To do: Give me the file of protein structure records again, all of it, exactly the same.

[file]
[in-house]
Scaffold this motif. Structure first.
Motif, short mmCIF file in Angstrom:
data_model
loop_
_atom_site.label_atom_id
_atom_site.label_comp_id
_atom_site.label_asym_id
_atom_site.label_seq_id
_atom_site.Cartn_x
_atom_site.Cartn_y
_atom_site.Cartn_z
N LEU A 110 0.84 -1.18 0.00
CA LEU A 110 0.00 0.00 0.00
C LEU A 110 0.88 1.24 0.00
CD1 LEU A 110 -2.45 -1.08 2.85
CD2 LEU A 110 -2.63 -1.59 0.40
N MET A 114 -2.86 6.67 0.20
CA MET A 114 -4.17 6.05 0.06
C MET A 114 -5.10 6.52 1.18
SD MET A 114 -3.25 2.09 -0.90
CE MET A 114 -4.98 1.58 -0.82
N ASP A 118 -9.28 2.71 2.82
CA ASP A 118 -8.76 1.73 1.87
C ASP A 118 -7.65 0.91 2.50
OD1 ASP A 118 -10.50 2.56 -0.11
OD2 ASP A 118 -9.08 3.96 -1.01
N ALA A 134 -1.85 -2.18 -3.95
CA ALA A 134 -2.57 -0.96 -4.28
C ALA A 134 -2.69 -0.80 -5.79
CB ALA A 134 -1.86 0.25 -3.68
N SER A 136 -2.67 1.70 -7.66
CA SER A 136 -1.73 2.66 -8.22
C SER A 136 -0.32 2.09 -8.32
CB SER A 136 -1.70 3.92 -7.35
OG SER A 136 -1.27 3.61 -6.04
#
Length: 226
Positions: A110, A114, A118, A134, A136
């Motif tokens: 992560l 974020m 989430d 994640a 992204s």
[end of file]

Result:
[in-house]
Scaffold this motif. Structure first.
Motif, short mmCIF file in Angstrom:
data_model
loop_
_atom_site.label_atom_id
_atom_site.label_comp_id
_atom_site.label_asym_id
_atom_site.label_seq_id
_atom_site.Cartn_x
_atom_site.Cartn_y
_atom_site.Cartn_z
N LEU A 110 0.84 -1.18 0.00
CA LEU A 110 0.00 0.00 0.00
C LEU A 110 0.88 1.24 0.00
CD1 LEU A 110 -2.45 -1.08 2.85
CD2 LEU A 110 -2.63 -1.59 0.40
N MET A 114 -2.86 6.67 0.20
CA MET A 114 -4.17 6.05 0.06
C MET A 114 -5.10 6.52 1.18
SD MET A 114 -3.25 2.09 -0.90
CE MET A 114 -4.98 1.58 -0.82
N ASP A 118 -9.28 2.71 2.82
CA ASP A 118 -8.76 1.73 1.87
C ASP A 118 -7.65 0.91 2.50
OD1 ASP A 118 -10.50 2.56 -0.11
OD2 ASP A 118 -9.08 3.96 -1.01
N ALA A 134 -1.85 -2.18 -3.95
CA ALA A 134 -2.57 -0.96 -4.28
C ALA A 134 -2.69 -0.80 -5.79
CB ALA A 134 -1.86 0.25 -3.68
N SER A 136 -2.67 1.70 -7.66
CA SER A 136 -1.73 2.66 -8.22
C SER A 136 -0.32 2.09 -8.32
CB SER A 136 -1.70 3.92 -7.35
OG SER A 136 -1.27 3.61 -6.04
#
Length: 226
Positions: A110, A114, A118, A134, A136
């Motif tokens: 992560l 974020m 989430d 994640a 992204s």